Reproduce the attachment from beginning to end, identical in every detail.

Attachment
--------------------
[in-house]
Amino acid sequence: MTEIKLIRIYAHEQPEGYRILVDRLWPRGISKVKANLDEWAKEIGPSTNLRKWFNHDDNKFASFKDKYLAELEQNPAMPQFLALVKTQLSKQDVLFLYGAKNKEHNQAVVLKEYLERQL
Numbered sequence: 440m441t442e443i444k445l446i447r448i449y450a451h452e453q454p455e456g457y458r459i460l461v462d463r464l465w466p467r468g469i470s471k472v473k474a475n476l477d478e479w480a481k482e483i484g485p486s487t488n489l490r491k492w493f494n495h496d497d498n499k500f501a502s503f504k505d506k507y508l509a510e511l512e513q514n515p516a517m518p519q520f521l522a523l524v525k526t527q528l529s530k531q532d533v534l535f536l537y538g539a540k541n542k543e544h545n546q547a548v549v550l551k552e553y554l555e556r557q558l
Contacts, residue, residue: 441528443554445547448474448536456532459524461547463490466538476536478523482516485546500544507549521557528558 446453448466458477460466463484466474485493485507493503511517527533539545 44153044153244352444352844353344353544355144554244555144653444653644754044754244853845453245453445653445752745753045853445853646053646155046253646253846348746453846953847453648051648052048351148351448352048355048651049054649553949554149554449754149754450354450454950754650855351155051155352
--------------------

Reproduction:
[in-house]
Amino acid sequence: MTEIKLIRIYAHEQPEGYRILVDRLWPRGISKVKANLDEWAKEIGPSTNLRKWFNHDDNKFASFKDKYLAELEQNPAMPQFLALVKTQLSKQDVLFLYGAKNKEHNQAVVLKEYLERQL
Numbered sequence: 440m441t442e443i444k445l446i447r448i449y450a451h452e453q454p455e456g457y458r459i460l461v462d463r464l465w466p467r468g469i470s471k472v473k474a475n476l477d478e479w480a481k482e483i484g485p486s487t488n489l490r491k492w493f494n495h496d497d498n499k500f501a502s503f504k505d506k507y508l509a510e511l512e513q514n515p516a517m518p519q520f521l522a523l524v525k526t527q528l529s530k531q532d533v534l535f536l537y538g539a540k541n542k543e544h545n546q547a548v549v550l551k552e553y554l555e556r557q558l
Contacts, residue, residue: 441528443554445547448474448536456532459524461547463490466538476536478523482516485546500544507549521557528558 446453448466458477460466463484466474485493485507493503511517527533539545 44153044153244352444352844353344353544355144554244555144653444653644754044754244853845453245453445653445752745753045853445853646053646155046253646253846348746453846953847453648051648052048351148351448352048355048651049054649553949554149554449754149754450354450454950754650855351155051155352